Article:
The ocean liner SS Reliance (1915-1940). This 1:1250 scale miniature is part of our exhibition on the history of shipbuilding on deck 3 of the museum.
We regularly write about how war has affected civilian shipping, as it remains a dramatic constant in history. The case of the ship this miniature depicts is quite curious, to say the least.
This ocean liner was completed in 1915 at the J.C. Tecklenborg shipyard near Bremerhaven. Originally it was to be called „Johan Heinrich Burchard“, after a famous Hamburg mayor, and to be in service for HAPAG. But World War I was raging at the time, and so she never sailed under that name. HAPAG sold her to the Dutch company Koninklijke Hollandsche Lloyd in 1916 and set the delivery date for after the end of the war. On 3 February 1920, she finally made her first voyage under the Dutch flag. Her new name was „Limburgia“.
As early as 1922, the Dutch sold the ship to United American Lines, which at that time had a cooperation agreement with HAPAG. The ship, now called „Reliance“, only carried the flag of the United States for one year, because her new company gave her the flag of Panama in 1923. The reason for this was the American Prohibition Act: under the Panama flag it was still legal to serve alcohol on board. This made the ship more attractive for many travellers.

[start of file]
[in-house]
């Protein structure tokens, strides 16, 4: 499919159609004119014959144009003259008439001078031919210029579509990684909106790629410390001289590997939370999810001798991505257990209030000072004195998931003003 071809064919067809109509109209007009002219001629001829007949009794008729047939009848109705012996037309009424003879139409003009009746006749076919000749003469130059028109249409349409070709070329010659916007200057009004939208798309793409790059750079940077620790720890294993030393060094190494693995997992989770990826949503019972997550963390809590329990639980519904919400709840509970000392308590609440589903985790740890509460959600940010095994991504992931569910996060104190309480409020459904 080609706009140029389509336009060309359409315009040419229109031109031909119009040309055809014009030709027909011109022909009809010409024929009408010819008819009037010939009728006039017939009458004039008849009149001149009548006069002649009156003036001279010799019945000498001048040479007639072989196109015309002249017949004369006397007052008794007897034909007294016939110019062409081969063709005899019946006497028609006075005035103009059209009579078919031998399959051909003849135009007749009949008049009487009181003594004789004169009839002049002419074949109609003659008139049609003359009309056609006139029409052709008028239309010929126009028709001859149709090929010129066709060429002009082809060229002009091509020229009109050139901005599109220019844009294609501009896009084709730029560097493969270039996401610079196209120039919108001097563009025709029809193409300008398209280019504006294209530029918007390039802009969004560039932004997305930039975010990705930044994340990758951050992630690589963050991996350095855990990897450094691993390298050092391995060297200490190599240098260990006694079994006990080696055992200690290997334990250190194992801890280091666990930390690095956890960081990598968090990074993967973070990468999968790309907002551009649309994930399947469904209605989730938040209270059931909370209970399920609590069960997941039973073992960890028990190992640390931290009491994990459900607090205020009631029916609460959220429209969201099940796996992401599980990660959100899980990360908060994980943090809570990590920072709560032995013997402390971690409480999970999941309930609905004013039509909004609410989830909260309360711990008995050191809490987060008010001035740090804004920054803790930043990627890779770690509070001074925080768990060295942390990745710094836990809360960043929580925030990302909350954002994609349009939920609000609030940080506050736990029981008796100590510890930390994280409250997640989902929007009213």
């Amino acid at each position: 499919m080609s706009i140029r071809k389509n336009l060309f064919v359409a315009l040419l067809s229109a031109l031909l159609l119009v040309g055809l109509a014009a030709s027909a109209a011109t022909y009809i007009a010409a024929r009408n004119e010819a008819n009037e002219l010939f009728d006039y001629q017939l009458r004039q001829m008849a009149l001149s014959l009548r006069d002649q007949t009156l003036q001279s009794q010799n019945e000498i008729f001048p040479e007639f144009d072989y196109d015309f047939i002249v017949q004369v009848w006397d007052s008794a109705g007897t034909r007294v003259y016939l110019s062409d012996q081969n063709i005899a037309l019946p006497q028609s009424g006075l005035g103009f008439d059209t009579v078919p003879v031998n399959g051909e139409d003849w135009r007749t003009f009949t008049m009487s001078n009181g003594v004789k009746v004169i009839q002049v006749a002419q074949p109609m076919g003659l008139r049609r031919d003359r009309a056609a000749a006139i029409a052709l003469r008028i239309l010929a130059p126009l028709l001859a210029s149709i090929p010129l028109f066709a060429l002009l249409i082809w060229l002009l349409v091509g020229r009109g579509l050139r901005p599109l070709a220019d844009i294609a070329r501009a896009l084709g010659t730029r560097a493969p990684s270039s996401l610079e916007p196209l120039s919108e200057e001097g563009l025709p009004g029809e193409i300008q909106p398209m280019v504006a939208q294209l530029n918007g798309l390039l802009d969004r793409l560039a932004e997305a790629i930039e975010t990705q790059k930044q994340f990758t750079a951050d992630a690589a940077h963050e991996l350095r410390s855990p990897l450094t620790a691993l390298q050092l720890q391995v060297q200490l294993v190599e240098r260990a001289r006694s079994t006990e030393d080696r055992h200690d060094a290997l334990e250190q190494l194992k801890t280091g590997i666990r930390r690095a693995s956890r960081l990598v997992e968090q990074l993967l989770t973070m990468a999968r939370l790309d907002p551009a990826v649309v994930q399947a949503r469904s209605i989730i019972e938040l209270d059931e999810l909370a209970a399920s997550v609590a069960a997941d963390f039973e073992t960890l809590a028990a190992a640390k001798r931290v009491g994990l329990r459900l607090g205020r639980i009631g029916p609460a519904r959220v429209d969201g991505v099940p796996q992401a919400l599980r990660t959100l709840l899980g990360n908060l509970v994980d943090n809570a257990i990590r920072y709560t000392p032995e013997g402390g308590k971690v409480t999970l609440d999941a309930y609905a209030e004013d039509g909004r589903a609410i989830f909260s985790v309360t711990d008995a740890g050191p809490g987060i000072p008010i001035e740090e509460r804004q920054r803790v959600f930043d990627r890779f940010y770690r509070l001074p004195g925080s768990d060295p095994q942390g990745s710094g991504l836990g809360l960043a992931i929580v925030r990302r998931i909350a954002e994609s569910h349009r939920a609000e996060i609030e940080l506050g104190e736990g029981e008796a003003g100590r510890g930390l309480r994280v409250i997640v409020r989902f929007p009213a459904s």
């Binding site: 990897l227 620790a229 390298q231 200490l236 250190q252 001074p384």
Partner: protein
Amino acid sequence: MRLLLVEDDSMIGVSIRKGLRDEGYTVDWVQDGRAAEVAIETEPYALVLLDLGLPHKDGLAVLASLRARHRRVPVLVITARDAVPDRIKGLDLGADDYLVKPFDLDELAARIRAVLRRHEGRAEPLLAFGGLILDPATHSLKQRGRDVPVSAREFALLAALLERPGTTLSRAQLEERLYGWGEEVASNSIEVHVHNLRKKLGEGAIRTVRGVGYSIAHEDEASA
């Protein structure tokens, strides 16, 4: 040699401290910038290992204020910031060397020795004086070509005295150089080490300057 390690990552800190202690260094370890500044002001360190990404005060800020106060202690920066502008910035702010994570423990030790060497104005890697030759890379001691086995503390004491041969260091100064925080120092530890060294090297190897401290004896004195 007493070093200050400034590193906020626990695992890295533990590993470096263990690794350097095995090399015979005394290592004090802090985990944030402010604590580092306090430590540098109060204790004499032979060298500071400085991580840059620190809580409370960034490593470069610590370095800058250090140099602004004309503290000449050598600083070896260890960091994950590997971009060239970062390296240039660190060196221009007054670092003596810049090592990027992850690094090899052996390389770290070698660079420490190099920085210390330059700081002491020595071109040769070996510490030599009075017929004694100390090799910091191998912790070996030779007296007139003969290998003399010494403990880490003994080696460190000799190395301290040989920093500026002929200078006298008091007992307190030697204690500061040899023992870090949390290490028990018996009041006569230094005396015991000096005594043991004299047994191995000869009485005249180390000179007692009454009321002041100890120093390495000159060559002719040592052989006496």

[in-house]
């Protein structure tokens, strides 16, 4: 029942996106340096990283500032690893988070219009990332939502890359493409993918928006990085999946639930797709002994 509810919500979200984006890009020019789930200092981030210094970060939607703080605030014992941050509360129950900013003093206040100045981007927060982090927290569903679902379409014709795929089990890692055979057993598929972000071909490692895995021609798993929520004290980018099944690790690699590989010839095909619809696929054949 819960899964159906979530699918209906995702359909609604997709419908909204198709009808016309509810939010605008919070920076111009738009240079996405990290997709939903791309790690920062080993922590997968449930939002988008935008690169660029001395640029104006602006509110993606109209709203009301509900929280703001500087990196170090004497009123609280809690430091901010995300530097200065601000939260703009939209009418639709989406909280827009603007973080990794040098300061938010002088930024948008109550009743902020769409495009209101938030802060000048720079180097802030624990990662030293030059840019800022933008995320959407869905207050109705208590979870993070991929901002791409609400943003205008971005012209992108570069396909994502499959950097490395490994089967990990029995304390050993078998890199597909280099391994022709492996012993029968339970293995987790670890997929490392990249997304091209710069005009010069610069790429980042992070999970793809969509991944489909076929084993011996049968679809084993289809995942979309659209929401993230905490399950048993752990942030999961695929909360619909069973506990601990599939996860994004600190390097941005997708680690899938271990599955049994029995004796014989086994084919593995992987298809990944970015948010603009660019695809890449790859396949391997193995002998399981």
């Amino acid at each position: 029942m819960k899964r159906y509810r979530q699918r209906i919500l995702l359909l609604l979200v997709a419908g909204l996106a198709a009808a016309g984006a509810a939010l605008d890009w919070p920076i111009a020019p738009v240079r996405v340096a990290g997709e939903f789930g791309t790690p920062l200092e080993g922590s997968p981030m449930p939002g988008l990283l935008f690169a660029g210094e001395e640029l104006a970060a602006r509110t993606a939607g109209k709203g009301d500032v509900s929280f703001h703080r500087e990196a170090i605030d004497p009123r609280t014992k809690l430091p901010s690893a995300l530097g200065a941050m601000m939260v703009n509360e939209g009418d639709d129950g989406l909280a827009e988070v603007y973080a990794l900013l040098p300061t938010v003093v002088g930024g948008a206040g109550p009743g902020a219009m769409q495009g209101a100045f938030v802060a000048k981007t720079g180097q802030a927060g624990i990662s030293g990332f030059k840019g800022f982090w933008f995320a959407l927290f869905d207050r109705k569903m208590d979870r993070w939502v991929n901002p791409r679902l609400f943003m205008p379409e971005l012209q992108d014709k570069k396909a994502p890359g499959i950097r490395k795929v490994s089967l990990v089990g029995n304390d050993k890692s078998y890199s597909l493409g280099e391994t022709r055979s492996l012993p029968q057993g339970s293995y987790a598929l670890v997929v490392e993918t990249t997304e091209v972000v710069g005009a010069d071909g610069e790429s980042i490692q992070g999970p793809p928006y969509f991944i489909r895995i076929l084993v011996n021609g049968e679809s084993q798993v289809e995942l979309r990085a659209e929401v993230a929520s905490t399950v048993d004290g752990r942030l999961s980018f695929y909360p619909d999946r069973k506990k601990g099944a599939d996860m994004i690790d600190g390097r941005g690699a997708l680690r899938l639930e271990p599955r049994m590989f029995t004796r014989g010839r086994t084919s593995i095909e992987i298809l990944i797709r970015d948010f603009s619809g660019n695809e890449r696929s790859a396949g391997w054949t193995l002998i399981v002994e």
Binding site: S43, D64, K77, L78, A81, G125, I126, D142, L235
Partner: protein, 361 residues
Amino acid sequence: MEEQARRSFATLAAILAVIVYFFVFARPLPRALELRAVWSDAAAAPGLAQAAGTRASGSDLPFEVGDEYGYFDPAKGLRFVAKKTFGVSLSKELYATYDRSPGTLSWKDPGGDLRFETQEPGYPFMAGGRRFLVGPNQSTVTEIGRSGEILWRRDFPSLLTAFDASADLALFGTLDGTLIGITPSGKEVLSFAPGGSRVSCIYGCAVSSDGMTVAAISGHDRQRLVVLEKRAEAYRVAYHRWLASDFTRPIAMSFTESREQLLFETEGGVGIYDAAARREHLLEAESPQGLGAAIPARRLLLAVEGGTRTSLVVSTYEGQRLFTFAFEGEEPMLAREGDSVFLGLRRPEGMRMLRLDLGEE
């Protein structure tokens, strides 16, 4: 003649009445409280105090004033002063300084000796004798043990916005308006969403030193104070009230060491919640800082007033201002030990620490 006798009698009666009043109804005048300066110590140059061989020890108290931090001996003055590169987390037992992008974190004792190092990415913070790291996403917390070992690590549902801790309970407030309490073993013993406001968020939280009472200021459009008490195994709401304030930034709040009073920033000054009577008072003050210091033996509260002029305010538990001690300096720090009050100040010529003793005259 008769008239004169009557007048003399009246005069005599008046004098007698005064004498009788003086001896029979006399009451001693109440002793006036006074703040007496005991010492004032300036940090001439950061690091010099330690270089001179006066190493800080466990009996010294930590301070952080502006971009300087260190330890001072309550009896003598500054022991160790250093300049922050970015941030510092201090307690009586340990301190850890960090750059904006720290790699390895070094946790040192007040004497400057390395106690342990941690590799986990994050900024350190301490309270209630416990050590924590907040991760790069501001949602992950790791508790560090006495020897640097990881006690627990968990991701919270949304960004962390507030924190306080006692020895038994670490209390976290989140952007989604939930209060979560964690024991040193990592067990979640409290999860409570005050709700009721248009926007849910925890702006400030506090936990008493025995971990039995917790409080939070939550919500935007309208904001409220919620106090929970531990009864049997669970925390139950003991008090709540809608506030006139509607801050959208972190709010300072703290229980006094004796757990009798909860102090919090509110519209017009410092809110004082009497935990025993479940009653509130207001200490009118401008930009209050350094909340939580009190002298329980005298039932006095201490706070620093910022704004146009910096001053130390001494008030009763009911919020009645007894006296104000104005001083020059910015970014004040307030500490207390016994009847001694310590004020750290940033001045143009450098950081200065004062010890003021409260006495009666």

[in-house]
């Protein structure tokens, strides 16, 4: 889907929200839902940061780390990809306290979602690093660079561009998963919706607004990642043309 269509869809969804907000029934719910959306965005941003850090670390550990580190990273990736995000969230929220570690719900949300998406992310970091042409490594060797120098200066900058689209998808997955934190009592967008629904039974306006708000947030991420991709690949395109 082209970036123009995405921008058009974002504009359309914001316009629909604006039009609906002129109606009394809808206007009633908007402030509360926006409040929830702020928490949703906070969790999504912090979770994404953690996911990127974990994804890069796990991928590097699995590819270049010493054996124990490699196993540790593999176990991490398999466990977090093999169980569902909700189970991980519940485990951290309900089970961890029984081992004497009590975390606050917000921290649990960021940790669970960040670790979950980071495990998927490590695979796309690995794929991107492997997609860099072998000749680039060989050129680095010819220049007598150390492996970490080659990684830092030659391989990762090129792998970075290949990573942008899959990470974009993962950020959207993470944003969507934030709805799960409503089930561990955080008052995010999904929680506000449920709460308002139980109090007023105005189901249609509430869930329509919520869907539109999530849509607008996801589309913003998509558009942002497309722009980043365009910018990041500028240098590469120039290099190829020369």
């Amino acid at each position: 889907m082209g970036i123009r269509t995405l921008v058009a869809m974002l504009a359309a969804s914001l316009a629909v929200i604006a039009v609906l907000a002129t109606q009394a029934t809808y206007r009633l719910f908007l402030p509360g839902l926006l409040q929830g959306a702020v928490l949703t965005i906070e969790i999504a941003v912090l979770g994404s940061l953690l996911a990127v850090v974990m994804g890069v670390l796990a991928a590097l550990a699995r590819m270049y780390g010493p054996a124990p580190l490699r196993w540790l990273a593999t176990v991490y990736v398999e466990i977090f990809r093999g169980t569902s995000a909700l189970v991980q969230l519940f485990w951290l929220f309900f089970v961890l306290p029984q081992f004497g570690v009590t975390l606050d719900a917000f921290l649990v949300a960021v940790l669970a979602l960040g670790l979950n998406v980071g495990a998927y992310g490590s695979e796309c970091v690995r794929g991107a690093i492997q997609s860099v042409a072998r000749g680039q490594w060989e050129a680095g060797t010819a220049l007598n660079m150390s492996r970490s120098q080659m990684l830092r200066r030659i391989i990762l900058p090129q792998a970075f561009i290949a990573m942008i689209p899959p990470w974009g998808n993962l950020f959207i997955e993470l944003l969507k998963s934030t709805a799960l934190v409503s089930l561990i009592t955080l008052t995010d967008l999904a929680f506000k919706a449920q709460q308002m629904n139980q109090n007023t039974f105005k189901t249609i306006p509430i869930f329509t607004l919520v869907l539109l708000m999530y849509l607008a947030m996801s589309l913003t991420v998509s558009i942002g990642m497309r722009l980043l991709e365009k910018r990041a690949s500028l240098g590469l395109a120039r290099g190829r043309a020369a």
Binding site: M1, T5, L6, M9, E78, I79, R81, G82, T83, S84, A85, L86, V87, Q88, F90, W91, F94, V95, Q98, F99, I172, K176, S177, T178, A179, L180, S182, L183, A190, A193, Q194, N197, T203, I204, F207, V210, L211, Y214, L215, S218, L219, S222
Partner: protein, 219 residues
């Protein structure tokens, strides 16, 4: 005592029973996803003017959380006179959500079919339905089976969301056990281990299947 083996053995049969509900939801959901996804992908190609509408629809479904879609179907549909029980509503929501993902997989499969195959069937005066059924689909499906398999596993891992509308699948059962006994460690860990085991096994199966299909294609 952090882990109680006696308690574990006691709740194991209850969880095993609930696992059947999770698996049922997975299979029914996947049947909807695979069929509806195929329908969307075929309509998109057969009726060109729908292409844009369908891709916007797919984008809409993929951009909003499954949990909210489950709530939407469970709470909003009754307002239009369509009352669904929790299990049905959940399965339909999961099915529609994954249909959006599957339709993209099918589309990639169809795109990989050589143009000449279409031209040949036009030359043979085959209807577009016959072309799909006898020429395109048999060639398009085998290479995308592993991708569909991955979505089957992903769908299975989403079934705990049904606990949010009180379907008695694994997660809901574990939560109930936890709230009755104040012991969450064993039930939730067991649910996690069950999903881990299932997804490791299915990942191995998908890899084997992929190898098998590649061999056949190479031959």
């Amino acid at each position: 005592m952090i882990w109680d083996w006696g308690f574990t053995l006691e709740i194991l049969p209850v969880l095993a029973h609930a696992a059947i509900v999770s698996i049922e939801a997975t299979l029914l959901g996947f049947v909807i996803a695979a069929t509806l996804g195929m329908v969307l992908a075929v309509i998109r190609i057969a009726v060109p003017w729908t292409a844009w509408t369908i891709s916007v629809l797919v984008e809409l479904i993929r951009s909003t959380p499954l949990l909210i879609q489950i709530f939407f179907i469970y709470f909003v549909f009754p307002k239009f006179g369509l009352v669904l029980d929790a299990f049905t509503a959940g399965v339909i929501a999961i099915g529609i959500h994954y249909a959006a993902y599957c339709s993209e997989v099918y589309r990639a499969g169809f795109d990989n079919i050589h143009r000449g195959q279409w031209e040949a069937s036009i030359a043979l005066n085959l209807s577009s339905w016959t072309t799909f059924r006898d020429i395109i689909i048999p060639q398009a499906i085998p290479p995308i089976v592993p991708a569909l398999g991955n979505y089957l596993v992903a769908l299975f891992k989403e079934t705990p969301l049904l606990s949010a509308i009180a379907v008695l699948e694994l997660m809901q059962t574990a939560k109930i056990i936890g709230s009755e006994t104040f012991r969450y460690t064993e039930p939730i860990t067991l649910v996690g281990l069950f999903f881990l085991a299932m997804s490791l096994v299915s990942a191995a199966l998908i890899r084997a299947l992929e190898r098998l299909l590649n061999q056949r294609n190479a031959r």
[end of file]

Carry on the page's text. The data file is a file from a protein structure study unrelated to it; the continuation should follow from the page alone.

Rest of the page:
In 1926, HAPAG ended its cooperation with the United American Lines and bought back some of its ships to be able to serve the North Atlantic route independently. As a result, the „Reliance“ entered service with the company that had originally ordered her, more than 10 years late. She served as a liner and as a cruise ship until 1938. On 7 August of the same year, a fire broke out in the ship while it was waiting for passengers in Hamburg. The fire, the causes of which are unknown, could not be brought under control and the ship sank in the harbour. There were plans to repair the ship, but the Second World War put an end to these plans. She was eventually brought to Bremerhaven and scrapped in 1940.
This 1:1250 scale miniature is part of our exhibition on the history of shipbuilding on deck 3 of the museum.